BWW Reviews: A LIFE OF GALILEO, Rose Theatre Kingston, March 25 2014
Recently, contemplating Michelangelo's Pieta in St Peter's Basilica, I mused on the extraordinarily successful relationship of Faith and Art - as one is more or less obliged to when in Rome. The relationship of Faith and Science has been rather less fecund, generating more heat than light. Even today, people take sides over school curricula and medical practice, for example. The relationship between Faith and Science - at least on the surface - is the subject of A Life of Galileo (at the Rose Theatre Kingston until March 29 and on tour).
At about the same time that Shakespeare was looking anew at language in England, Galileo was looking (literally - through a telescope) anew at the skies in Italy. His observations led him to assert - later to prove - that the Earth orbited the Sun and not, as the Church's teaching insisted, that the Sun (and all the other stars) orbited the Earth. It wasn't great science (a child can grasp the key points of the heliocentric model in minutes) nor even innovative (others had suggested the very same earlier - and paid with their lives), but it was revolutionary. It was also credible, as Galileo teemed with ideas that he proved to be correct in experiments and had a huckster's gift for self-publicity. The peasantry, treated little better than dogs by the priestly caste and granted little more than a labrador's intelligence, couldn't be trusted to know their place if Church dogma were revealed as barking mad. Something had to be done about Galileo and his growing band of acolytes.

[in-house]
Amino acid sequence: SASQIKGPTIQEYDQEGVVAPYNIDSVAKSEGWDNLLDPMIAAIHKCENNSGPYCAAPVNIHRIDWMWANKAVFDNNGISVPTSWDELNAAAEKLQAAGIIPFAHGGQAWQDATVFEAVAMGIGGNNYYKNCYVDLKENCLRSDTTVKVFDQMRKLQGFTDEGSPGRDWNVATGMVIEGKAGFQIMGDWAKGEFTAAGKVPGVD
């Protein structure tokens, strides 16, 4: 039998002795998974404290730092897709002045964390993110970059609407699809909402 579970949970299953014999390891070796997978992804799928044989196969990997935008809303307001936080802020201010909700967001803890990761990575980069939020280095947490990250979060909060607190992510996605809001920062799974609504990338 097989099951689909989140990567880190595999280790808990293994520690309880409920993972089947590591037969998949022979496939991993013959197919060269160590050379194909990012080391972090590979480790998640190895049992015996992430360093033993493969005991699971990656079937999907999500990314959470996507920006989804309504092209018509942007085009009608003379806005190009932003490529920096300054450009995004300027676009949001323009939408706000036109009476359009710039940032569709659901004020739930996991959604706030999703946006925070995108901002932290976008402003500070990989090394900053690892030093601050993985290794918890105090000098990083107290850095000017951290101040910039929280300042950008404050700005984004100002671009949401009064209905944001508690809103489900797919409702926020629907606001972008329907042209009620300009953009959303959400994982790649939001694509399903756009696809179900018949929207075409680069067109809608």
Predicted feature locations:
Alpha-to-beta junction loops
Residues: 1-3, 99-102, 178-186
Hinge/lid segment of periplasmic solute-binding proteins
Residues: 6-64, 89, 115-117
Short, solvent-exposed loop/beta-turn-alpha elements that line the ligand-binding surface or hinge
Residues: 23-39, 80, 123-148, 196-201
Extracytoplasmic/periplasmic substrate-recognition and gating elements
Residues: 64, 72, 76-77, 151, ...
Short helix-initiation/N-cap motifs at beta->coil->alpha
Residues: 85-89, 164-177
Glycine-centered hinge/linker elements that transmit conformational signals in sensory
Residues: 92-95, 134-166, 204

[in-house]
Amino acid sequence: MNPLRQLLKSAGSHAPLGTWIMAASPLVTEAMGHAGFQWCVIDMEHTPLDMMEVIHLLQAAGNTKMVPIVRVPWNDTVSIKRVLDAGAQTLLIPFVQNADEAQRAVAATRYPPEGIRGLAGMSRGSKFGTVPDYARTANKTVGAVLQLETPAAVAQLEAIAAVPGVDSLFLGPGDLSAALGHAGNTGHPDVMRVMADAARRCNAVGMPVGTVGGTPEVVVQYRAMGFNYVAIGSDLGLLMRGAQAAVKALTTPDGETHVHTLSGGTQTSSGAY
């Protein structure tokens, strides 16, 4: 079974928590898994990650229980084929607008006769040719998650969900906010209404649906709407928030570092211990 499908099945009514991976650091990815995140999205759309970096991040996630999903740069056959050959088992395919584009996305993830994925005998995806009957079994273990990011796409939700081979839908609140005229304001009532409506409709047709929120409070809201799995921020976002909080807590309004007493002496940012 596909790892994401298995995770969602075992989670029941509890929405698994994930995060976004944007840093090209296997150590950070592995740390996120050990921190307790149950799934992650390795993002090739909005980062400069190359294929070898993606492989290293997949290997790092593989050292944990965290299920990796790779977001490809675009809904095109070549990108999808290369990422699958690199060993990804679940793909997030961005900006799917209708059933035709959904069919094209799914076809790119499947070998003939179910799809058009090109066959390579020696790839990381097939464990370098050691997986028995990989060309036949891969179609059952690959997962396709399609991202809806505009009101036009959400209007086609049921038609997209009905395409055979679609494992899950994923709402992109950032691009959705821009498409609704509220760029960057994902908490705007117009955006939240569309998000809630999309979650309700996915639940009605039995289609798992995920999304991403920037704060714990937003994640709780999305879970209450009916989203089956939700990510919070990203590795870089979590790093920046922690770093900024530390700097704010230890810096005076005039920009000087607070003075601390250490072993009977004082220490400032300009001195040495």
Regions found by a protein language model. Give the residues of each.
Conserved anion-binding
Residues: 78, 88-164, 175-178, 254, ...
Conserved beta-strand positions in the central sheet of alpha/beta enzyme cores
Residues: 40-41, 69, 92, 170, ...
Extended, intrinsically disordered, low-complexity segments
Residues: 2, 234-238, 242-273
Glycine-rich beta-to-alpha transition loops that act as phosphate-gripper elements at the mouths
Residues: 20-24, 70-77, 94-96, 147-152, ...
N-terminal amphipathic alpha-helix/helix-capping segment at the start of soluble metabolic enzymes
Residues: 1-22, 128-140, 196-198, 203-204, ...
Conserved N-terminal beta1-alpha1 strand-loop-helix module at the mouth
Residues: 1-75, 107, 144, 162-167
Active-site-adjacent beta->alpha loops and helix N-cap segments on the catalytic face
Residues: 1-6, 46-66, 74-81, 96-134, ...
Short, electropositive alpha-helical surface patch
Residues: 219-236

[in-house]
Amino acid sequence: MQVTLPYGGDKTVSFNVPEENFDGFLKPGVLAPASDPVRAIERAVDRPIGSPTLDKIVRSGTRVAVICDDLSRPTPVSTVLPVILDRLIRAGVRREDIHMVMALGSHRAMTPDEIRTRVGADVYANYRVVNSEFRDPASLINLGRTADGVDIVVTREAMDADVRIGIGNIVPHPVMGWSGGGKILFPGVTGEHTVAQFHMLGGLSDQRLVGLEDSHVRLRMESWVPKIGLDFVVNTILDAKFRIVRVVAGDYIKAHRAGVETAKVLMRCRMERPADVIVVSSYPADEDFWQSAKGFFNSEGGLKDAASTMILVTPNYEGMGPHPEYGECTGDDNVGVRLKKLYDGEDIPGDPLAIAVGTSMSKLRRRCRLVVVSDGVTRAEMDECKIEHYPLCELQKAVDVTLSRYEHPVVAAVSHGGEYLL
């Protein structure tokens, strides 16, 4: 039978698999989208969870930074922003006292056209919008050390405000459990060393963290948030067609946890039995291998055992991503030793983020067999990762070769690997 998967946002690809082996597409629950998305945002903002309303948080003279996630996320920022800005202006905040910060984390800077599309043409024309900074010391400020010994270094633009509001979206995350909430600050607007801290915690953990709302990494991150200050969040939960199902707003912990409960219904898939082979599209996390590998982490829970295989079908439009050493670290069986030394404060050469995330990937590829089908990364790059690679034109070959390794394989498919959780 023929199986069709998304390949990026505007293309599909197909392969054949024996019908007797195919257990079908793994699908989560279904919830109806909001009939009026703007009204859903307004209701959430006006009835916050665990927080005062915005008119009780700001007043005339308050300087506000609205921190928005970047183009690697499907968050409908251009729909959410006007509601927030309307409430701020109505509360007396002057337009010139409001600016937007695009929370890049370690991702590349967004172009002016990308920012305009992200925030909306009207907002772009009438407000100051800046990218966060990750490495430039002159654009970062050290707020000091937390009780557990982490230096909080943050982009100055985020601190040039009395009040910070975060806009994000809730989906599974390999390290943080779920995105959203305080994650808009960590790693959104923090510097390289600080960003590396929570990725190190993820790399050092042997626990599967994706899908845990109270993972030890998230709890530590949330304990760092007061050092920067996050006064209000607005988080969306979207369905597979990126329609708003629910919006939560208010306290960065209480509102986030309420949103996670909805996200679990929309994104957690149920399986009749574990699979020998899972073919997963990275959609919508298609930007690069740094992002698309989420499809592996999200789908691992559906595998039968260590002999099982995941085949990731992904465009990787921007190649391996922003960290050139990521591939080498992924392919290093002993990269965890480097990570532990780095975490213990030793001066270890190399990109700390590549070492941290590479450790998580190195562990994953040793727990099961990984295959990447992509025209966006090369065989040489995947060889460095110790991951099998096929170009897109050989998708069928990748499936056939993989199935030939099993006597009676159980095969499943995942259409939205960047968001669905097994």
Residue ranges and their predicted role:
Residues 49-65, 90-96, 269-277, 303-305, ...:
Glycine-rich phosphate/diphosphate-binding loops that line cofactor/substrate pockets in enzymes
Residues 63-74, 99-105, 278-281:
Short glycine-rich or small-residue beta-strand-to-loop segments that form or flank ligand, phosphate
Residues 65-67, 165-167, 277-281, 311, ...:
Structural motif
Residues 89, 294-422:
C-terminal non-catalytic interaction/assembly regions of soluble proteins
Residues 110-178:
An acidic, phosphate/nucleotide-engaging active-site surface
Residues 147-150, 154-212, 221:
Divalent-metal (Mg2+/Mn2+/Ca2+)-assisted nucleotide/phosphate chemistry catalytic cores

Ian McDiarmid plays Galileo as a bon viveur, as an ecccentric iconoclast, as a man ruthlessly committed to his science (casually forcing his daughter's engagement to be broken on the altar of truth) - until he is shown the instruments by which The Inquisition addresses heresy like his. It's a bravura performance with a cunning sting in its tail. He gets excellent support from a cast that bear the mark of the RSC, whose production this is, with Matthew Aubrey as his most committed follower, Andrea, and Katherine Manners as his cruelly treated daughter, the aptly named Virginia, the standouts.
It's Brecht, of course, and with Brecht comes both the conventions of epic theatre - megaphones announce each scene and there's a lot of mooching about slightly offstage - and plenty of politics, with the authorities' fear of the quiescent masses' waking up to its power running like a river through all the scientific arguments. There are times when Galileo himself gets a bit too preachy, times when he gets a bit too quirky and times when he gets a bit too pleased with himself, but McDiarmid keeps the charisma coming and we know that he wins in the end - even if it did take nearly 400 years.
Photo - Ellie Kurttz